VELLORE: Farmers of two panchayats — Girisamuthiram and Necknamalai — have been irrigating their fields with sewage water from Vaniyambadi Municipality for the last three decades, rather than groundwater, since they believe the groundwater was highly polluted with effluents from the leather industries.
Crops such as paddy, corn, maize, sugarcane and fodder are being grown on 500 acres of land that have been irrigated with sewage water in these two panchayats. It is also used for coconut farms, besides feeding livestock. The farmers divert the municipality sewage water from Girisamuthiram channel to their lands. “We share the sewage water among ourselves. We mix it with the well water in 3:1 ratio and use it for irrigation,” said 53-year-old farmer Arumugam of Girisamuthiram. He also feeds his milch animals the filtered sewage water.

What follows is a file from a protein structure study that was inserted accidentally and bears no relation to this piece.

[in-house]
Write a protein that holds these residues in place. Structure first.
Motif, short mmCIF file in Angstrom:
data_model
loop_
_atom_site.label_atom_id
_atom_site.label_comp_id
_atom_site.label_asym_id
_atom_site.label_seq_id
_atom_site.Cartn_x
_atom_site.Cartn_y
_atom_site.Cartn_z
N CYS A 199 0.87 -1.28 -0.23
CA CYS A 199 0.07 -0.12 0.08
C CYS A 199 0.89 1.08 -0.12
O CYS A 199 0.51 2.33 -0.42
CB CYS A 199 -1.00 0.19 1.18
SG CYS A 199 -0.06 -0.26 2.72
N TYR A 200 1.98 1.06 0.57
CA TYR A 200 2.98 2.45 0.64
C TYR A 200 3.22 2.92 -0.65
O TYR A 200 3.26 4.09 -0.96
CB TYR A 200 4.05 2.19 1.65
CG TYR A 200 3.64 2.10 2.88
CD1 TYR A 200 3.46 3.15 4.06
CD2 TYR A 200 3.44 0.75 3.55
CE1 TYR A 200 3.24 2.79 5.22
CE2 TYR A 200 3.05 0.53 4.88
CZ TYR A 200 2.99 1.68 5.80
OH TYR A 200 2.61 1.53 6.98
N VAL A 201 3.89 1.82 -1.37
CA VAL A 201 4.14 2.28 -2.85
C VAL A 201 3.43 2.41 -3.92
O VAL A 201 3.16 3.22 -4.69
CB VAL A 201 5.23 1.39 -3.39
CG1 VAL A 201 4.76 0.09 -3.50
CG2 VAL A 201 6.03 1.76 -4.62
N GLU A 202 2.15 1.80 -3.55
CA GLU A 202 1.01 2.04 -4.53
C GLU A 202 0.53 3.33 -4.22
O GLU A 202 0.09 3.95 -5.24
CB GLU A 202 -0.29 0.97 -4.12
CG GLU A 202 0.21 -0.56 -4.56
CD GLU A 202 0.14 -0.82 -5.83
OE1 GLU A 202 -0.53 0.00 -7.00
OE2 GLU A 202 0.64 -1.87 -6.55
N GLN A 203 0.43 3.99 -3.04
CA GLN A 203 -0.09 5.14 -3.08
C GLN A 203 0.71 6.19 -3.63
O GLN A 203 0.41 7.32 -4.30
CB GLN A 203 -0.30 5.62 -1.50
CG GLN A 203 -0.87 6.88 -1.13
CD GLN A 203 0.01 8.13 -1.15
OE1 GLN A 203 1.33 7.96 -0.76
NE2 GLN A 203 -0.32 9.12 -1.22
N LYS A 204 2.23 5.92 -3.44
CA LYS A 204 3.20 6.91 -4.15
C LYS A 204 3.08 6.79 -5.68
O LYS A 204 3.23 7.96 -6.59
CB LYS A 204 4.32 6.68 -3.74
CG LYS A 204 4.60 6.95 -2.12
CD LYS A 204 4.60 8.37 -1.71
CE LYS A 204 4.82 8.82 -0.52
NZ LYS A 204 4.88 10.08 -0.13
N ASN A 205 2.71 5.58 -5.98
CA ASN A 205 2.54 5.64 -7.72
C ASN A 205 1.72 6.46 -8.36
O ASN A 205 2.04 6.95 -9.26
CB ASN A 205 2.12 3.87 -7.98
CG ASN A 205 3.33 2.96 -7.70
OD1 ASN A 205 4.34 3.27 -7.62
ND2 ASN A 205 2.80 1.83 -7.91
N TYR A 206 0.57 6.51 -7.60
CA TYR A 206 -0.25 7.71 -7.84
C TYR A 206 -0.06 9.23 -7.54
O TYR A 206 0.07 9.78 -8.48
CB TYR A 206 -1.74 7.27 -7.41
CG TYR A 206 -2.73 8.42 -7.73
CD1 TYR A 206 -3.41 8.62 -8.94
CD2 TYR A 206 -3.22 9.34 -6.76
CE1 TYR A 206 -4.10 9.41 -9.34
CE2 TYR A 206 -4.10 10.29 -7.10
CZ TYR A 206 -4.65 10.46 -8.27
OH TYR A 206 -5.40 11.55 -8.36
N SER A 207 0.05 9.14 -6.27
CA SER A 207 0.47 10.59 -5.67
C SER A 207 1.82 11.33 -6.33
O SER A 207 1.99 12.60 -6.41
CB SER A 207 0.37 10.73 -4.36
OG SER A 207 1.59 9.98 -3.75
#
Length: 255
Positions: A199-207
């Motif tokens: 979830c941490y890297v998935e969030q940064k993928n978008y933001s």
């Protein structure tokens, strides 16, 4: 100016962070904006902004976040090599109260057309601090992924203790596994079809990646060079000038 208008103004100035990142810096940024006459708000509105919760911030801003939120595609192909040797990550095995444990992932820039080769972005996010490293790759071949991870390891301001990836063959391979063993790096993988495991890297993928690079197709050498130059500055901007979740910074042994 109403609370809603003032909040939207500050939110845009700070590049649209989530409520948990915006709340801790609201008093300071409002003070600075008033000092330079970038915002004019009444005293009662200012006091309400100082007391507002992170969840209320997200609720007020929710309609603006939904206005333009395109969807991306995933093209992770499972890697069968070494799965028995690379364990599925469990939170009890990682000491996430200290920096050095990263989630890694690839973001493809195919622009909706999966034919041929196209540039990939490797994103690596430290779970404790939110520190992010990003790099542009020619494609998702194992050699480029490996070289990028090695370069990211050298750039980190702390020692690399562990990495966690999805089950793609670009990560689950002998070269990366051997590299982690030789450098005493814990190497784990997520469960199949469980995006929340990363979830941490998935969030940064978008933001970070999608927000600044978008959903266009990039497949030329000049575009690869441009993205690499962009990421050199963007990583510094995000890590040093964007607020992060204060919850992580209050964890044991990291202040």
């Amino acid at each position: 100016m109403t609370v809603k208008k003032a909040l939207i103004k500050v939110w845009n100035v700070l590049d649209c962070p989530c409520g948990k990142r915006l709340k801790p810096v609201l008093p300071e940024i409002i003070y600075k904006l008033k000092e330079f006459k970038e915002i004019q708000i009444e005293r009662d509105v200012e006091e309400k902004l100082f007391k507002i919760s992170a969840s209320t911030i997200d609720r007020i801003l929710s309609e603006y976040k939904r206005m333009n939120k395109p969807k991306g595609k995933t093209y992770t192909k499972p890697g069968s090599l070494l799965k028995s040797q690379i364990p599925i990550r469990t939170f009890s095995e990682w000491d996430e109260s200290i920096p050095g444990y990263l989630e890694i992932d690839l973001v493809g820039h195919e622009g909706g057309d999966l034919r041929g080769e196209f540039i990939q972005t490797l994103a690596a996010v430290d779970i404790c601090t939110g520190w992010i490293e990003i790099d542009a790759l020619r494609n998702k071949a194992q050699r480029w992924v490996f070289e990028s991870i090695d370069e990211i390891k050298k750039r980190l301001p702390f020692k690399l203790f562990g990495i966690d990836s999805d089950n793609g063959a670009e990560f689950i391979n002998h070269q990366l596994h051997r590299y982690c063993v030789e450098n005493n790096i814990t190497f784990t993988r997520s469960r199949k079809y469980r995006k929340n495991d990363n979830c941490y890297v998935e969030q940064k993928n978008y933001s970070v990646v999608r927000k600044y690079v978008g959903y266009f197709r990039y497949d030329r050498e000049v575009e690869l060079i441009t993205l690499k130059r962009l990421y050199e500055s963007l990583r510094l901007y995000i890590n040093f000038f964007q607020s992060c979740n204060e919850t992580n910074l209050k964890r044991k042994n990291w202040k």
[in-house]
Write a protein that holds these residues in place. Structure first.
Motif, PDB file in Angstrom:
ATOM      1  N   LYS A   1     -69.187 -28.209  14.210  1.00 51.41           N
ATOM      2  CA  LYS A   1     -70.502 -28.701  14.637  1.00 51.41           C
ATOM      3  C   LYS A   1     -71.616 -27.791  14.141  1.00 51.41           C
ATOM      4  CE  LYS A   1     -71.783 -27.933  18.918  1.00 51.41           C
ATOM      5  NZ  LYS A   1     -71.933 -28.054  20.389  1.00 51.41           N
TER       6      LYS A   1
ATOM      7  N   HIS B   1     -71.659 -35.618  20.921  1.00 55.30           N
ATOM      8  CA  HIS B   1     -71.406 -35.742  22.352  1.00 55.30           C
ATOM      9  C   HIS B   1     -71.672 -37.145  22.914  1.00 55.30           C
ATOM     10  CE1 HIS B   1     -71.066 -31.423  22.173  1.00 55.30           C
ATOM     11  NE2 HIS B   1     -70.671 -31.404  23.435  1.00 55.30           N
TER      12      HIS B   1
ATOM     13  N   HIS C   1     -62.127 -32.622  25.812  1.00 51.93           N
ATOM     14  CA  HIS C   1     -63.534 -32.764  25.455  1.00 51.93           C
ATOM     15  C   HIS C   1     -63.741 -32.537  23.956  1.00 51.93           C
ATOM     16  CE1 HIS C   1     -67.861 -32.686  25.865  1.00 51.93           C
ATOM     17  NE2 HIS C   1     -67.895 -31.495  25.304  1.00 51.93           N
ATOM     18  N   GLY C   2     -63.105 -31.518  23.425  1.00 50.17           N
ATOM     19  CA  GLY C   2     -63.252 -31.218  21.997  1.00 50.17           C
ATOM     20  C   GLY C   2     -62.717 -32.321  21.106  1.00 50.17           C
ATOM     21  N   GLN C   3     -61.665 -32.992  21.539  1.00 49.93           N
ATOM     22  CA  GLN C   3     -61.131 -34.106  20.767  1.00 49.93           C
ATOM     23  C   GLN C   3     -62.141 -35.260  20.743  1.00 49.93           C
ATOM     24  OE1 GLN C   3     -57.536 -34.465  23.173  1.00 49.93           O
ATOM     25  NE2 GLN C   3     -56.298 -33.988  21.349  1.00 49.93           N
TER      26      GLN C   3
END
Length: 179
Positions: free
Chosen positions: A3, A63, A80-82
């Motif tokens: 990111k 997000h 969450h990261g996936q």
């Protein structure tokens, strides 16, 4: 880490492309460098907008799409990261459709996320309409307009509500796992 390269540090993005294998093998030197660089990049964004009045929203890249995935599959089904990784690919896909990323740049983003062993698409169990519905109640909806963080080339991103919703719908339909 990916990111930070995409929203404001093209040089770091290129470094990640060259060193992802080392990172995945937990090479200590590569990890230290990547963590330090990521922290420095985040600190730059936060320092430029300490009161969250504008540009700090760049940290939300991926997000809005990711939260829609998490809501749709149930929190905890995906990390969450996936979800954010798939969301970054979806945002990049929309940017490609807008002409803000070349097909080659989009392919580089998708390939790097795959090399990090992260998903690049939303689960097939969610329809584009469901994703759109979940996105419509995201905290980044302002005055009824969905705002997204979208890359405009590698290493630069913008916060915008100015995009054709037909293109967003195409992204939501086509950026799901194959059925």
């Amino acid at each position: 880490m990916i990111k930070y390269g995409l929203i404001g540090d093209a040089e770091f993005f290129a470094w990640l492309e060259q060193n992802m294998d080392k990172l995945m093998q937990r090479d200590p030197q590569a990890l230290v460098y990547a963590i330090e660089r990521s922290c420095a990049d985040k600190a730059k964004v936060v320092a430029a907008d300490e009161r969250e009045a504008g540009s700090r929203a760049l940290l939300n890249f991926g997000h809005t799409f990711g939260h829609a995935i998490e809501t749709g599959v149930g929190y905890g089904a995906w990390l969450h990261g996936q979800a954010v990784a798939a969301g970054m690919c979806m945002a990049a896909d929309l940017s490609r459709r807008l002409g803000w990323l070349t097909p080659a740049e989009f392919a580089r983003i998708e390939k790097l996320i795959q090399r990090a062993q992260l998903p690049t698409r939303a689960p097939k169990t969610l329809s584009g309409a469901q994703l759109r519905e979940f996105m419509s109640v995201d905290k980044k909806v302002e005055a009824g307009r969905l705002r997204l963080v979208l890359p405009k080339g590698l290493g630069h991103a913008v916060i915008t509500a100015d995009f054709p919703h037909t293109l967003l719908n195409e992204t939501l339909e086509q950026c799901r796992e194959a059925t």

Using sewage water to irrigate the fields of Girisamuthiram and Necknamalai has been in vogue for the past 30 years and has become an ‘acceptable’ practice, as farmers contend it is a choice between the lesser of two evils. The farmers claim that the groundwater has Total Dissolved Solids (TDS) of over 5,000 mg/l while sewage water from the Vaniyambadi municipality has around 2,000 TDS mg/l. “Ground water in and around Girisamuthiram has been declared unfit for human consumption. The TDS level has crossed over 5,000 mg/l. The Tamil Nadu Pollution Control Board’s (TNPCB) monitoring well in the vicinity is a clear proof for this,” said a farmer and added that they were forced to use sewage for irrigation due to non-availability of good water sources.
The farmers allege, perhaps justifiably, that the leather industry has caused ecological damage discharging untreated effluents into water bodies, particularly the Palar riverbed. “If we use the well water, the crops wither due to the high level of TDS. The sewage water has now turned into a lifeline for the agricultural activities here,” said farmer Prakasam in Girisamuthiram.
Despite the farmers considering the sewage water to be their ‘lifeline’, experts from Krishi Vigyan Kendra say that the practice of irrigating the fields with sewage water will harm the soil and that agri-produce grown on such soil would be unfit for human consumption.